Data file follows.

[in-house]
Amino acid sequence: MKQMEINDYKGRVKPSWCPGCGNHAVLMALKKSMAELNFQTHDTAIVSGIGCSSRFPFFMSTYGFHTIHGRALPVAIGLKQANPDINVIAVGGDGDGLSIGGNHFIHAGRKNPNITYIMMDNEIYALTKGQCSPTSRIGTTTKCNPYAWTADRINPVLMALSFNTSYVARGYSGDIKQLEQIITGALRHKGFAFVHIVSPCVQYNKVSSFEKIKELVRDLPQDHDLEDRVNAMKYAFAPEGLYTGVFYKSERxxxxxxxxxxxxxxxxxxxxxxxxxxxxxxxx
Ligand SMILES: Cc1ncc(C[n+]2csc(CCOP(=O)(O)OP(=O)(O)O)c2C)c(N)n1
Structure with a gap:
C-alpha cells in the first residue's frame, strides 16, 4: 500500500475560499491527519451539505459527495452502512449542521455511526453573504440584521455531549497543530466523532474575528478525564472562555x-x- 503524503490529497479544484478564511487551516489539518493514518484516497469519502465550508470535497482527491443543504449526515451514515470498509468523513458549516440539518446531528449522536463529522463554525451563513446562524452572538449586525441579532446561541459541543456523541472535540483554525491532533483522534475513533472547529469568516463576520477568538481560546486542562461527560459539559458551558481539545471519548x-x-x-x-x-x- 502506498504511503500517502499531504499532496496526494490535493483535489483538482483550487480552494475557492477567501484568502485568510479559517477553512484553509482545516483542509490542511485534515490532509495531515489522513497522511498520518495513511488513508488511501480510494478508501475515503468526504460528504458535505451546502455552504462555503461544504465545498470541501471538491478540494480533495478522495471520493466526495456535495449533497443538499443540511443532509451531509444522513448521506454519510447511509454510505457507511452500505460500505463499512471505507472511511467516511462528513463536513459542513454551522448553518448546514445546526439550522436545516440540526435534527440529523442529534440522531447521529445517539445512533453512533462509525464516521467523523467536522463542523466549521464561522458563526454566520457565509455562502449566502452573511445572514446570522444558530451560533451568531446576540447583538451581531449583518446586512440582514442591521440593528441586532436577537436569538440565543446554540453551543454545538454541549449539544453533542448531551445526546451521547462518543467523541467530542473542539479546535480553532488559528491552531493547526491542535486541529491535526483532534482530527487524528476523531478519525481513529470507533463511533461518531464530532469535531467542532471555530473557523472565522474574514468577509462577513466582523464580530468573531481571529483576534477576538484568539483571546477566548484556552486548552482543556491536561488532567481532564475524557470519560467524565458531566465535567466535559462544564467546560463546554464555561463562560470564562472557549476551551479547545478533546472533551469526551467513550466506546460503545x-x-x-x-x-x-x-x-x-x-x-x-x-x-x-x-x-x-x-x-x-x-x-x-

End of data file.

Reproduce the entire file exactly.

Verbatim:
[in-house]
Amino acid sequence: MKQMEINDYKGRVKPSWCPGCGNHAVLMALKKSMAELNFQTHDTAIVSGIGCSSRFPFFMSTYGFHTIHGRALPVAIGLKQANPDINVIAVGGDGDGLSIGGNHFIHAGRKNPNITYIMMDNEIYALTKGQCSPTSRIGTTTKCNPYAWTADRINPVLMALSFNTSYVARGYSGDIKQLEQIITGALRHKGFAFVHIVSPCVQYNKVSSFEKIKELVRDLPQDHDLEDRVNAMKYAFAPEGLYTGVFYKSERxxxxxxxxxxxxxxxxxxxxxxxxxxxxxxxx
Ligand SMILES: Cc1ncc(C[n+]2csc(CCOP(=O)(O)OP(=O)(O)O)c2C)c(N)n1
Structure with a gap:
C-alpha cells in the first residue's frame, strides 16, 4: 500500500475560499491527519451539505459527495452502512449542521455511526453573504440584521455531549497543530466523532474575528478525564472562555x-x- 503524503490529497479544484478564511487551516489539518493514518484516497469519502465550508470535497482527491443543504449526515451514515470498509468523513458549516440539518446531528449522536463529522463554525451563513446562524452572538449586525441579532446561541459541543456523541472535540483554525491532533483522534475513533472547529469568516463576520477568538481560546486542562461527560459539559458551558481539545471519548x-x-x-x-x-x- 502506498504511503500517502499531504499532496496526494490535493483535489483538482483550487480552494475557492477567501484568502485568510479559517477553512484553509482545516483542509490542511485534515490532509495531515489522513497522511498520518495513511488513508488511501480510494478508501475515503468526504460528504458535505451546502455552504462555503461544504465545498470541501471538491478540494480533495478522495471520493466526495456535495449533497443538499443540511443532509451531509444522513448521506454519510447511509454510505457507511452500505460500505463499512471505507472511511467516511462528513463536513459542513454551522448553518448546514445546526439550522436545516440540526435534527440529523442529534440522531447521529445517539445512533453512533462509525464516521467523523467536522463542523466549521464561522458563526454566520457565509455562502449566502452573511445572514446570522444558530451560533451568531446576540447583538451581531449583518446586512440582514442591521440593528441586532436577537436569538440565543446554540453551543454545538454541549449539544453533542448531551445526546451521547462518543467523541467530542473542539479546535480553532488559528491552531493547526491542535486541529491535526483532534482530527487524528476523531478519525481513529470507533463511533461518531464530532469535531467542532471555530473557523472565522474574514468577509462577513466582523464580530468573531481571529483576534477576538484568539483571546477566548484556552486548552482543556491536561488532567481532564475524557470519560467524565458531566465535567466535559462544564467546560463546554464555561463562560470564562472557549476551551479547545478533546472533551469526551467513550466506546460503545x-x-x-x-x-x-x-x-x-x-x-x-x-x-x-x-x-x-x-x-x-x-x-x-